Peggy not only knows her own heart and is the better for it, but shows empathy for those around her, even when they show her no empathy or respect in return. And she uses her emotional intelligence to call her loved ones out on their betrayals and her enemies out on their own habits. She knows the Leviathan spy will most likely have marks on her wrists from wearing handcuffs to bed in the way she did as a child. Her friendship with Angie — a relationship another kind of “hero” might never have indulged in because Emotions Are Weakness or I Can’t Be Friends With You Because You Will Get Hurt (a trope Peggy almost fell into in the second episode) — ends up saving her (albeit temporarily) from S.S.R. arrest. In this way, Ivchenko is a worthy opponent for our heroine. Unlike Peggy’s S.S.R. colleagues, he never underestimated her. He saw her clearly. He sees everyone clearly, and uses that to his advantage. This is why he tried to kill Peggy Carter, why she posed a threat more than any of his other opponents, because she can see him, too.
The episode ended with Dottie unleashing Item 17, one of Stark’s inventions stolen from the S.S.R., on a movie theater of unsuspecting people. The device released some sort of gas causing the people to turn on one another, attacking one another like animals until every last person was dead.
Presumably, this is what happened at the mysterious Battle of Finnow. Could this also have anything to do with why some members of Leviathan have had their voice boxes removed? On that note, who is the leader of Leviathan? Could it really be Ivchenko, who the episode teased to be Dr. Faustus? There are a lot of questions left to answer, and only one episode left to do it in. But, after seven excellent episodes, we trust this show to deliver on a killer finale. (Though, hopefully not too killer, if you know what I mean.)
Your adorable Peggy/Jarvis moment of the episode.
Peggy and Jarvis got some more teamwork time this episode, as Jarvis tried to save Peggy from S.S.R. custody by forging a confession from Howard. It was pretty adorable to see what lengths Jarvis will go to save his BFF. It was equally entertaining to see how frustrated Peggy was when she realized how terrible Jarvis’ plan was. (He panicked, OK? Love made him panic!)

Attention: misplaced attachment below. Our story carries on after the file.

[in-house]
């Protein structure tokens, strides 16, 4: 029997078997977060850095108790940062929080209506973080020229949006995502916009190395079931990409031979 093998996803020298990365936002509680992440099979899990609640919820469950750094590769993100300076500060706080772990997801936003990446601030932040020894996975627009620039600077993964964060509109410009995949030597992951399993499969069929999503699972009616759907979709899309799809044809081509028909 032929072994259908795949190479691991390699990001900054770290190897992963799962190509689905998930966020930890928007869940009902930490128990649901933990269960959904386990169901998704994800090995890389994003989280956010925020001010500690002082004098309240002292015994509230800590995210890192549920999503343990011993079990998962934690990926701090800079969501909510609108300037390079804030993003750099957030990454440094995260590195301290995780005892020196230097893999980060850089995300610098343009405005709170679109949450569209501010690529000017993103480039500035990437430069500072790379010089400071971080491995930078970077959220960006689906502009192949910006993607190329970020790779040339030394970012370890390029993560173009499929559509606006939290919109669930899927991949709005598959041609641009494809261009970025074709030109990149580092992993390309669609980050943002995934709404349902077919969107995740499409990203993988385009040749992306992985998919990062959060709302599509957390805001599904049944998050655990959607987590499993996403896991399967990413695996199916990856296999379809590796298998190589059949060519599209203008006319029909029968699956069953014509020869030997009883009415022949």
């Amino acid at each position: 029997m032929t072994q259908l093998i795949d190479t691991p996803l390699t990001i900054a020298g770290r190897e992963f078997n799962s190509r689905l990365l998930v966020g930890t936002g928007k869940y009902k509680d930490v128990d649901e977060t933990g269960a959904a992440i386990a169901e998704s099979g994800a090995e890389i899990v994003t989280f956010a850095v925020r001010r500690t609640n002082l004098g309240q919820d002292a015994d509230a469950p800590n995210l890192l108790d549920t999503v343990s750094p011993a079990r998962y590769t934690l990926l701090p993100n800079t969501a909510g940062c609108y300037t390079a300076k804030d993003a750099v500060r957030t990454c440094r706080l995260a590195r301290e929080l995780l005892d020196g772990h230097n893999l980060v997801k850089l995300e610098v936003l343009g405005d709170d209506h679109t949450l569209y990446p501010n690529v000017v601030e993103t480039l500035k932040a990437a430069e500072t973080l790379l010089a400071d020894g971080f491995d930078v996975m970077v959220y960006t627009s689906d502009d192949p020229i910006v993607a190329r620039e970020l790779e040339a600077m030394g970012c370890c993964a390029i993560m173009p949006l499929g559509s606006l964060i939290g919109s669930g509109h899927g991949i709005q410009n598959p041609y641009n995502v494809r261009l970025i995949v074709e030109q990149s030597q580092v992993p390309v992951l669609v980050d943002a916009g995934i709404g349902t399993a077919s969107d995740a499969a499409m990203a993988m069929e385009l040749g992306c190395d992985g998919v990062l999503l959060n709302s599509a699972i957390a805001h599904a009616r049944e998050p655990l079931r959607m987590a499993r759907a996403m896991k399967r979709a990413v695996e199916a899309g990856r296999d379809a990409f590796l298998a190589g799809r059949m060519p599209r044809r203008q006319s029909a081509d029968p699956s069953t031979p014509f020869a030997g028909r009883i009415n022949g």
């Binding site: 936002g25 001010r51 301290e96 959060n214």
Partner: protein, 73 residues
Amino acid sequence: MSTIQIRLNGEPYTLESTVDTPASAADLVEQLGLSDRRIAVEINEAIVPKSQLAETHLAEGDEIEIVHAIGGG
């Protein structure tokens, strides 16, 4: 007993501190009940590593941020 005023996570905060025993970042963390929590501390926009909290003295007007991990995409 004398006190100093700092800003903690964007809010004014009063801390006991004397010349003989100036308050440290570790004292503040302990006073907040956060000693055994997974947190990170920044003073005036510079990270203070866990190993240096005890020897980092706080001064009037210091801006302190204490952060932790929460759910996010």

Even if we did get some great and hilarious teamwork moments between these two and proof that Jarvis will do just about anything to help his friend, there weren’t as many serious discussions — aside from this final brief aside at the end of the episode…
I mused before that, as Jarvis came to know Peggy more, his loyalty to Howard might be tested. He doesn’t want to betray Peggy again. This final scene hinted that Jarvis’ loyalties might be swaying in Peggy’s direction. (Not that he necessarily has to choose. Given they are usually on the same side, he can love and honor them both.) With Howard returning for the season ender, I hope this Jarvis/Peggy/Howard dynamic is addressed in some meaningful way. Though I care about plot closure, I care about character closure for my favorites — especially Peggy and Jarvis — even more. Whatever the nature of their relationship, these two have been the heart of the series for me since the beginning. I’m just hoping they are given a satisfying, arc-like conclusion.
P.S. You’ve been descending stairs wrong.
What did you think of “Snafu”? Are you freaking out that Agent Carter only has one more episode? Do you think Agents of SHIELD should give Agent Carter some of its episodes? Share your thoughts and feels in the comments below.